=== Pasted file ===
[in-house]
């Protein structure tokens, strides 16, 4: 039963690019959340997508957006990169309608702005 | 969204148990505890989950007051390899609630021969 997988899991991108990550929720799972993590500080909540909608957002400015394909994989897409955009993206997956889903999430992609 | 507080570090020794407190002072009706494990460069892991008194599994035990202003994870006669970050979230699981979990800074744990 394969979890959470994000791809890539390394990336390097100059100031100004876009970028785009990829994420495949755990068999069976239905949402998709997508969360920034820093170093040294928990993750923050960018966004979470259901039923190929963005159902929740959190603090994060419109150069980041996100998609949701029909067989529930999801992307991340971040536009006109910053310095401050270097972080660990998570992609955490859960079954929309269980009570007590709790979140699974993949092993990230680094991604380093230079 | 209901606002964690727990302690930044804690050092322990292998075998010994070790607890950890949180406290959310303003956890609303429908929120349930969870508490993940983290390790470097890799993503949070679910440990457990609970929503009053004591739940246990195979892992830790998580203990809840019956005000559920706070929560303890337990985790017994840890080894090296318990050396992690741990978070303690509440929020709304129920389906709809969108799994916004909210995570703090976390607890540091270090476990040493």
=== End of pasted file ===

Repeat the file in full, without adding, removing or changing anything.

[in-house]
């Protein structure tokens, strides 16, 4: 039963690019959340997508957006990169309608702005 | 969204148990505890989950007051390899609630021969 997988899991991108990550929720799972993590500080909540909608957002400015394909994989897409955009993206997956889903999430992609 | 507080570090020794407190002072009706494990460069892991008194599994035990202003994870006669970050979230699981979990800074744990 394969979890959470994000791809890539390394990336390097100059100031100004876009970028785009990829994420495949755990068999069976239905949402998709997508969360920034820093170093040294928990993750923050960018966004979470259901039923190929963005159902929740959190603090994060419109150069980041996100998609949701029909067989529930999801992307991340971040536009006109910053310095401050270097972080660990998570992609955490859960079954929309269980009570007590709790979140699974993949092993990230680094991604380093230079 | 209901606002964690727990302690930044804690050092322990292998075998010994070790607890950890949180406290959310303003956890609303429908929120349930969870508490993940983290390790470097890799993503949070679910440990457990609970929503009053004591739940246990195979892992830790998580203990809840019956005000559920706070929560303890337990985790017994840890080894090296318990050396992690741990978070303690509440929020709304129920389906709809969108799994916004909210995570703090976390607890540091270090476990040493």